Oct. 11 (Bloomberg) -- Diesel rose in northwest Europe as Total SA purchased a cargo for a fourth day. Jet fuel barges dropped.
Vitol Group purchased a shipment of naphtha, its 13th this month. Gasoil advanced on the ICE Futures Europe exchange in London, with the fuel’s crack, or premium to Brent crude, climbing to the most this week.
Two naphtha cargoes changed hands at $989 a metric ton, according to a survey of brokers and traders monitoring the Platts pricing window. That’s $4 less than yesterday’s deal. Royal Dutch Shell Plc was the other buyer. BP and Koch Industries Inc. were the sellers, according to the survey.
Naphtha’s discount to Brent crude widened to $5.61 a barrel as of 2:42 p.m. local time, according to data from PVM Oil Associates Ltd., a crude and products broker in London. That compares with $5.29 yesterday.
Barges of gasoline for loading in the Amsterdam-Rotterdam-Antwerp hub traded at $1,087 to $1,100 a ton, a similar survey of the Argus Bulletin Board showed. That compares with $1,100 to $1,104 yesterday.
The trades are for Eurobob grade, to which ethanol is added to make the finished fuel. Barges usually trade in lots of 1,000 tons to 2,000 tons.
The fuel’s crack, or premium to Brent, fell to $9.61 a barrel from $10.36 in the previous session, PVM data showed.
Spain’s Cia. Espanola de Petroleos SA, or Cepsa, sold a cargo of gasoline to Trafigura Beheer BV, mostly priced at $1,118 a ton, the survey of Platts showed. The consignment was sold for loading at Santa Panagia in Italy.
Total purchased a diesel cargo from Gunvor Group Ltd. at a premium of $52 a ton to November gasoil, for delivery to Le Havre in northern France, the survey of Platts showed. That’s $1 higher than a trade yesterday to the same port.
BP Plc also bought a cargo, at $59 a ton more than the gasoil futures contract, for delivery to Wilhelmshaven in Germany, it showed.
Diesel barges changed hands at $52 to $54 a ton more than November gasoil, little changed from yesterday, according to the survey.
Morgan Stanley purchased a barge of jet fuel at a premium of $89 a ton to November gasoil futures, the survey showed. That compares with a trade at $93 on Oct. 9.
Gasoil for November delivery rose 0.2 percent to $1,009.75 a ton as of 5:01 p.m. London time on the ICE exchange. The contract for October, which expired at midday, was last at $1,025.50 a ton.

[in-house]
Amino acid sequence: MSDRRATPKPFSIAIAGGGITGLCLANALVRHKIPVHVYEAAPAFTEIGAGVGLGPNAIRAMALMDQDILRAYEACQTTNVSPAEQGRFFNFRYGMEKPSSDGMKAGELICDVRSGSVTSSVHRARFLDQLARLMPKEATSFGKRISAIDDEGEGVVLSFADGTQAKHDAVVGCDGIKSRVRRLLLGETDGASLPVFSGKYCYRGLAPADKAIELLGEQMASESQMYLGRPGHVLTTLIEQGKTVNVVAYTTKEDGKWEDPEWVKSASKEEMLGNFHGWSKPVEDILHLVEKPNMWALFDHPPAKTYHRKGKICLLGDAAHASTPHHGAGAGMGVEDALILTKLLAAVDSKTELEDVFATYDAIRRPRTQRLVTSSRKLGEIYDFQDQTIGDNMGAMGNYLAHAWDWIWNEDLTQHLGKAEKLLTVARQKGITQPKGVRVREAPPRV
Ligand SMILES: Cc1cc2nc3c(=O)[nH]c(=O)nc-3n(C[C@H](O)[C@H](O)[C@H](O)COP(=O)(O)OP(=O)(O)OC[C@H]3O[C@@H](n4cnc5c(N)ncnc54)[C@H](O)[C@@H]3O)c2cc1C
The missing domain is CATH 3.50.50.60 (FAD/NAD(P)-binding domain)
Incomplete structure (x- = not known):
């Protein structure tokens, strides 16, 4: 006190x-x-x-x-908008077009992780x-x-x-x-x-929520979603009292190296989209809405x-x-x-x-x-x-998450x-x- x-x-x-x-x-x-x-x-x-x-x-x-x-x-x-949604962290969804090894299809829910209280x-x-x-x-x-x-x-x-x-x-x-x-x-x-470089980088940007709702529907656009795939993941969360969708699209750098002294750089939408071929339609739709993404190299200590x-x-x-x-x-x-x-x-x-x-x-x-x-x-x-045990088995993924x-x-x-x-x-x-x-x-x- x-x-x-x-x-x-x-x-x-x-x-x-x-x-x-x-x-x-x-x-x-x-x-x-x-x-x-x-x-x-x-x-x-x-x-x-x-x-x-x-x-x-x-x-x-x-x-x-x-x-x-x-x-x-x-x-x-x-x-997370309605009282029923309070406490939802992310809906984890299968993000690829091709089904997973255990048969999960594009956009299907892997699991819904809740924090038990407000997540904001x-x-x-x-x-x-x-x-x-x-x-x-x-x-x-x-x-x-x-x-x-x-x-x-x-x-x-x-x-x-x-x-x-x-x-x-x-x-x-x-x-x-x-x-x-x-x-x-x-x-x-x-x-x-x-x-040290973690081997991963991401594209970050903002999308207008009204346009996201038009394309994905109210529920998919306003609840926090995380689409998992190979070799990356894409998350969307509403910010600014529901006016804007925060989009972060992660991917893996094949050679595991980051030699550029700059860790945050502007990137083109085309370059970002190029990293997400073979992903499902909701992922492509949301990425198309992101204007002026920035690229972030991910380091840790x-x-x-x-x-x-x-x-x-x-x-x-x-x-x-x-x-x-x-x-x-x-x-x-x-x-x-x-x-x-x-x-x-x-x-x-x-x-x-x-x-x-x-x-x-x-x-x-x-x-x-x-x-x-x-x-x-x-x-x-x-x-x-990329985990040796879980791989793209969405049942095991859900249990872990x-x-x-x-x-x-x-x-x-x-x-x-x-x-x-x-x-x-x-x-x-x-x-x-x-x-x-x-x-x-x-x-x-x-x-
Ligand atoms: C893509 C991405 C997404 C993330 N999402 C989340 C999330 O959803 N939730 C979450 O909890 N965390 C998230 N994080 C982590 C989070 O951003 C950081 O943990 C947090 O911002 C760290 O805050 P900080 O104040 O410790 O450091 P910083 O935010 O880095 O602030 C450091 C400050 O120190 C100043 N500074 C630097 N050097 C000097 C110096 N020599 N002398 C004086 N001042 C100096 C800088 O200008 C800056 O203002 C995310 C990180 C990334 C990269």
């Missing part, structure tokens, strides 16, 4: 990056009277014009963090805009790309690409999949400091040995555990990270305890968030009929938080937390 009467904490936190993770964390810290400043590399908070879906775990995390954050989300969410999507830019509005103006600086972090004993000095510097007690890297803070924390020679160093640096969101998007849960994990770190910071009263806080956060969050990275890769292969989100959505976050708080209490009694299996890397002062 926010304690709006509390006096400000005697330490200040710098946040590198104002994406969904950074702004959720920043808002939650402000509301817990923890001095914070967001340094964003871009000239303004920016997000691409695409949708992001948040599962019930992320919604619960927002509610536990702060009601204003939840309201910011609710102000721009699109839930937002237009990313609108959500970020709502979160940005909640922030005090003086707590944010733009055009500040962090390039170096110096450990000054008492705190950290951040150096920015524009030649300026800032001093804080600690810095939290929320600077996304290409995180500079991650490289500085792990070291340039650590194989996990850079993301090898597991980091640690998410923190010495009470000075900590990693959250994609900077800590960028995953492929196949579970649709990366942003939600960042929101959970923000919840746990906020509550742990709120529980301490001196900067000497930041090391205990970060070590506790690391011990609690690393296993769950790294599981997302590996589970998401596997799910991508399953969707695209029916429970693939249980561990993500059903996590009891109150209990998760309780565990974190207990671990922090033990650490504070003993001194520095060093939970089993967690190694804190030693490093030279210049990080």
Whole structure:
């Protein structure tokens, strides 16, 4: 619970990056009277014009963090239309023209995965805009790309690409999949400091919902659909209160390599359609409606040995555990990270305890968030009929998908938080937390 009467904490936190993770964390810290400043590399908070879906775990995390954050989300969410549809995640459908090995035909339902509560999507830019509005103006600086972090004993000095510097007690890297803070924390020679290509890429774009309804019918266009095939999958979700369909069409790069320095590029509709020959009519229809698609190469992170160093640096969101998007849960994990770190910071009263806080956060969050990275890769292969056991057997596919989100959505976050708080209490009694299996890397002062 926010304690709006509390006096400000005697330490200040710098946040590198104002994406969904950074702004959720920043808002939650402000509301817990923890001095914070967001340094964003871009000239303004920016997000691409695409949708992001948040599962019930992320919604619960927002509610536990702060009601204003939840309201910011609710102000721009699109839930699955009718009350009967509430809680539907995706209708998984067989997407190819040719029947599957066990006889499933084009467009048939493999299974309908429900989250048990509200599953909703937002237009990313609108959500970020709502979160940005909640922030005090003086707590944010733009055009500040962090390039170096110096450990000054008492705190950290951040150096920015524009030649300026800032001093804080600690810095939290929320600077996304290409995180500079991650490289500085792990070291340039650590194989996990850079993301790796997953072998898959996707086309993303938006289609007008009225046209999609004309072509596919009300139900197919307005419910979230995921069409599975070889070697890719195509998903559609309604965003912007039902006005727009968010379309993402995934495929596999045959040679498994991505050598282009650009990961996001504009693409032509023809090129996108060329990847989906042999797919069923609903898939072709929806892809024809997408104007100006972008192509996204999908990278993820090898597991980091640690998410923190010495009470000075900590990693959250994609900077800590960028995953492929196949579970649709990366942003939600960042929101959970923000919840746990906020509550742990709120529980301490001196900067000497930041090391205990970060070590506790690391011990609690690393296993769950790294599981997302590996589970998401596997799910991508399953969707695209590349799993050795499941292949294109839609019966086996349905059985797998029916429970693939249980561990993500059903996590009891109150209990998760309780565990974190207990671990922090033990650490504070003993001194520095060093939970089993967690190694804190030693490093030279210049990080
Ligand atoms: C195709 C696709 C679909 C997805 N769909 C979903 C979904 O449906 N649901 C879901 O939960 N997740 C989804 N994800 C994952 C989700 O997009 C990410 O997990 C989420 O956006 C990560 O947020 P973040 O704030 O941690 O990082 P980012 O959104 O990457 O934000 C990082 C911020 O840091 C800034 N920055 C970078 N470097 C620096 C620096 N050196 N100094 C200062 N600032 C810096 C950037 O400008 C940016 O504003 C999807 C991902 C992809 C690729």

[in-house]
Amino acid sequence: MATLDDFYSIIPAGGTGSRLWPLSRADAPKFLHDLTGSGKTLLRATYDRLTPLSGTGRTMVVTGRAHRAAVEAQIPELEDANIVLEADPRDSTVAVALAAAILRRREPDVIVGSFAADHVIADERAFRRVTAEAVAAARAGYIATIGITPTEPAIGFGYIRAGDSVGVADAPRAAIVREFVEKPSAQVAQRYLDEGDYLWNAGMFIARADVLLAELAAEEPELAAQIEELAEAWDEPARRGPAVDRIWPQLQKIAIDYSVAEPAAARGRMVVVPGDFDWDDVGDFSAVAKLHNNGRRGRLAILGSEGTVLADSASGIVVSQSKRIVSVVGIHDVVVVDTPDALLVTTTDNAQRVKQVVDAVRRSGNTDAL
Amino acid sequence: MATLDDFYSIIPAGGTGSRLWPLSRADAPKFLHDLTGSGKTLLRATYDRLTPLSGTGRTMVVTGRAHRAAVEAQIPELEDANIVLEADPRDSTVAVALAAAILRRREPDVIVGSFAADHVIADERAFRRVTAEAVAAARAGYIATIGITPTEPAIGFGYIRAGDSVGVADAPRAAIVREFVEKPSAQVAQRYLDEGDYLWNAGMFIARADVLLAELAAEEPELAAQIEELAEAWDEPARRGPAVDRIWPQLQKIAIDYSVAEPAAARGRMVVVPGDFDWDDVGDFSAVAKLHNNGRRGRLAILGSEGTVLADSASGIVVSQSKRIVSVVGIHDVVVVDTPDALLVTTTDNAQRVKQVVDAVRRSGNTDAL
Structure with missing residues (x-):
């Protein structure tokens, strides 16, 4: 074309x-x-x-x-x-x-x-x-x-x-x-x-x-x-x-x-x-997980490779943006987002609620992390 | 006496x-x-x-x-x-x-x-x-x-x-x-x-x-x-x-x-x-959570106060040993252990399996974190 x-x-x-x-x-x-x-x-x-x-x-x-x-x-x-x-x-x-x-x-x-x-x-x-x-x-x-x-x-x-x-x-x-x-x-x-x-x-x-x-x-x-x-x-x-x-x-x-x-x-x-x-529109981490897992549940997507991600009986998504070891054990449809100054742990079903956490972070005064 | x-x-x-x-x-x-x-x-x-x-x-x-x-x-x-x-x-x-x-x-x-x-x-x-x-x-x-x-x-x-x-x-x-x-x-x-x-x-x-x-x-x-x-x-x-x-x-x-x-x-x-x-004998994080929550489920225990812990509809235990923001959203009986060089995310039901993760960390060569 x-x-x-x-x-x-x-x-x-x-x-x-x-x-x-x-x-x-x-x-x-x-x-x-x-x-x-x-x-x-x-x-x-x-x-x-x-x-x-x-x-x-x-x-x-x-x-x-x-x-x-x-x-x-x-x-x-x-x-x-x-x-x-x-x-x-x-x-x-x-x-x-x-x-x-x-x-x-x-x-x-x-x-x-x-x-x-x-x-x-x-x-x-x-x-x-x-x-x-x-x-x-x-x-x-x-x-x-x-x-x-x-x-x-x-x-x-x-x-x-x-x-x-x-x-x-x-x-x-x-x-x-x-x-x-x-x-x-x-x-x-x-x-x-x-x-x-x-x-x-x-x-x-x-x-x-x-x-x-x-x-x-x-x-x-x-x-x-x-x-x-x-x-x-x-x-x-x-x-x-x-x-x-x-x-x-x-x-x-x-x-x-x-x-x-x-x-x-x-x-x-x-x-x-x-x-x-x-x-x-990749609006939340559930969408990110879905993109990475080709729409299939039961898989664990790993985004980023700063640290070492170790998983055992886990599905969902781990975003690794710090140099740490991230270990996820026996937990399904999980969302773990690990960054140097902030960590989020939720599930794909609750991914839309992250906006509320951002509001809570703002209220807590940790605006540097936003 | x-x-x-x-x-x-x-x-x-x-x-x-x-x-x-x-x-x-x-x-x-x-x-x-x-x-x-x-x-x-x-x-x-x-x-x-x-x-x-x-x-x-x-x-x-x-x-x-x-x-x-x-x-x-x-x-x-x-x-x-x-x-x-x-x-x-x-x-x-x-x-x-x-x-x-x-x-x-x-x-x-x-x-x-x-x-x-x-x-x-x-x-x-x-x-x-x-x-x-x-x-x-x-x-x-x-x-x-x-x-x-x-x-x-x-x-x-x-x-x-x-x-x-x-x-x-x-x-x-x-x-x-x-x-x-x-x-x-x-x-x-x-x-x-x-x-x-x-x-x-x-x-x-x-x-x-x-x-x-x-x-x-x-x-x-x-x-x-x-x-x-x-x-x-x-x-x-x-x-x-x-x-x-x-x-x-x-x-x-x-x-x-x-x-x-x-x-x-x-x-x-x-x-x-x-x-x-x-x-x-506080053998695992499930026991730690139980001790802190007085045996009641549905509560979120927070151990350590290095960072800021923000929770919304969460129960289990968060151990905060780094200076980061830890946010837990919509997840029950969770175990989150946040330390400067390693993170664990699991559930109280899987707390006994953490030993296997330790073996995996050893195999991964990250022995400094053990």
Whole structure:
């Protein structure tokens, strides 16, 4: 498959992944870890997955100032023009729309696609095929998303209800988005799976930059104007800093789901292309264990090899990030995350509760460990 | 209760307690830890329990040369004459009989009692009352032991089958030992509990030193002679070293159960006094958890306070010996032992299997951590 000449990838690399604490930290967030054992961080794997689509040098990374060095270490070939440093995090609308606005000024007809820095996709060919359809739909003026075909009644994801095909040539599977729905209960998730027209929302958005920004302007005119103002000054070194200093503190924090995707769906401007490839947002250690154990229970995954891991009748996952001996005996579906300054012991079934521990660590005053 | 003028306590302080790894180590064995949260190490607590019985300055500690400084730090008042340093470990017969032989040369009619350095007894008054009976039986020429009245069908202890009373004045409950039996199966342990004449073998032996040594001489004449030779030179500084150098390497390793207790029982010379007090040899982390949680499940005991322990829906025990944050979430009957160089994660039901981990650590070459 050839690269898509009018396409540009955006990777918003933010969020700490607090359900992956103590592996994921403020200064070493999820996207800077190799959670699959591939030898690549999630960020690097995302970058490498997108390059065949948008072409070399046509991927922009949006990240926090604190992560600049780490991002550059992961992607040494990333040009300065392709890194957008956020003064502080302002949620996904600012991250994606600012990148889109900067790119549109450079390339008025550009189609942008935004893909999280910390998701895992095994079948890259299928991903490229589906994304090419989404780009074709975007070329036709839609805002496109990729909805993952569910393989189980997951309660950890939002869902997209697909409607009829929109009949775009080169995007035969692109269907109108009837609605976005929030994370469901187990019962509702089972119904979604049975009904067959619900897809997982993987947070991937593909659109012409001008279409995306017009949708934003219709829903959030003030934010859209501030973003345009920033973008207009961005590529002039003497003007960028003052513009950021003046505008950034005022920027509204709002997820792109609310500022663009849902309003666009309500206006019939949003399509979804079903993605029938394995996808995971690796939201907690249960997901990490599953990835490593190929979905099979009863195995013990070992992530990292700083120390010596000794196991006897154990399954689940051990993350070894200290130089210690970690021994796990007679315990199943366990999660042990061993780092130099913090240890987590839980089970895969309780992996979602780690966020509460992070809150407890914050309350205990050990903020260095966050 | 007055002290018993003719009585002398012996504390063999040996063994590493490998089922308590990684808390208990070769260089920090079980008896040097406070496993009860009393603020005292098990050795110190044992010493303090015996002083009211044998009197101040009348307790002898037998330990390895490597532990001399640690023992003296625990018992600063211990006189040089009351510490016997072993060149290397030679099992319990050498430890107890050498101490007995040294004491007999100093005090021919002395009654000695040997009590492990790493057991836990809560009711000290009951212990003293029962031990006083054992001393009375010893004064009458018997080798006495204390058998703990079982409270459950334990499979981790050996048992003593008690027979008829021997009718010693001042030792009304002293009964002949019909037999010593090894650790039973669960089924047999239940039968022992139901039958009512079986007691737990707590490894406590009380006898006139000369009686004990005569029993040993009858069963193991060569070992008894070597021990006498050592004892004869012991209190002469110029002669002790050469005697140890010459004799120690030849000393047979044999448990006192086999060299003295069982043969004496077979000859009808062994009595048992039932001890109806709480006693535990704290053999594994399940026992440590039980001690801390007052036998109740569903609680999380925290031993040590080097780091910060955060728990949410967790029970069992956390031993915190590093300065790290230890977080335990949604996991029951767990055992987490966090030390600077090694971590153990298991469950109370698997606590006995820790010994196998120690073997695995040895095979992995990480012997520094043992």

“At current prices, the upcoming winter will be the most expensive winter ever for the consumers using heating oil,” Olivier Jakob, managing director at Petromatrix GmbH, a researcher in Switzerland, said today in a note.
The amount of 0.1 percent sulphur gasoil to be delivered through ICE this month increased to 318,800 tons, according to data on Intercontinental Exchange Inc.’s website. That compares with 190,000 tons in September and 112,000 tons in October 2011.
Barges of heating oil traded at premiums of $10 to $14 a ton to November futures, the survey showed. Yesterday, a trade took place at $14.
Gasoil’s crack, or premium to Brent, rose to $20.60 a barrel versus $20.21 as of 4:30 p.m. yesterday. Brent advanced 0.6 percent to $115.05 a barrel.
High-sulfur fuel oil traded at $626 to $629 a ton, in lien with yesterday, the survey of Platts showed. The low sulfur grade changed hands at $665 a ton, versus $660 to $665 in the previous session.
Repsol SA shut a fluid catalytic cracker at its La Coruna refinery in Spain yesterday following a fire. The FCC unit remains shut and the rest of the refinery is running normally, the Madrid-based company said today. The refinery has the capacity to process 120,000 barrels of crude a day and the FCC unit can handle 68,000 barrels daily, according to data compiled by Bloomberg.
To contact the reporter on this story: Rupert Rowling in London at email@example.com
To contact the editor responsible for this story: Stephen Voss at firstname.lastname@example.org